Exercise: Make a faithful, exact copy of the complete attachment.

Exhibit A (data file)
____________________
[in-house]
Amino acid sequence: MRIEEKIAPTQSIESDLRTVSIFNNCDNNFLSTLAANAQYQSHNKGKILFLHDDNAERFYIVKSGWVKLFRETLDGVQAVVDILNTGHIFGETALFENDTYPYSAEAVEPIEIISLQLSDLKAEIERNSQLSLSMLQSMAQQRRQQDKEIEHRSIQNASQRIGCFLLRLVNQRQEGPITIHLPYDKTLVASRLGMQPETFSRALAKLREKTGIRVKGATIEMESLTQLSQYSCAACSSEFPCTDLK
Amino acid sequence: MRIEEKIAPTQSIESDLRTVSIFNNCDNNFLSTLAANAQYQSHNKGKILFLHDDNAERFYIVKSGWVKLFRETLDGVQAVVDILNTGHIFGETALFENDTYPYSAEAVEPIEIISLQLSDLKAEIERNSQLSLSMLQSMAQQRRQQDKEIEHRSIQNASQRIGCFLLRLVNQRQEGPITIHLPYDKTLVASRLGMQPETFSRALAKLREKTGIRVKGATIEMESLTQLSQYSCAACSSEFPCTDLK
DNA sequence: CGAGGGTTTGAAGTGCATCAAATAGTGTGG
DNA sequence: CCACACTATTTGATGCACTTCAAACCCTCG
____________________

[in-house]
Amino acid sequence: MRIEEKIAPTQSIESDLRTVSIFNNCDNNFLSTLAANAQYQSHNKGKILFLHDDNAERFYIVKSGWVKLFRETLDGVQAVVDILNTGHIFGETALFENDTYPYSAEAVEPIEIISLQLSDLKAEIERNSQLSLSMLQSMAQQRRQQDKEIEHRSIQNASQRIGCFLLRLVNQRQEGPITIHLPYDKTLVASRLGMQPETFSRALAKLREKTGIRVKGATIEMESLTQLSQYSCAACSSEFPCTDLK
Amino acid sequence: MRIEEKIAPTQSIESDLRTVSIFNNCDNNFLSTLAANAQYQSHNKGKILFLHDDNAERFYIVKSGWVKLFRETLDGVQAVVDILNTGHIFGETALFENDTYPYSAEAVEPIEIISLQLSDLKAEIERNSQLSLSMLQSMAQQRRQQDKEIEHRSIQNASQRIGCFLLRLVNQRQEGPITIHLPYDKTLVASRLGMQPETFSRALAKLREKTGIRVKGATIEMESLTQLSQYSCAACSSEFPCTDLK
DNA sequence: CGAGGGTTTGAAGTGCATCAAATAGTGTGG
DNA sequence: CCACACTATTTGATGCACTTCAAACCCTCG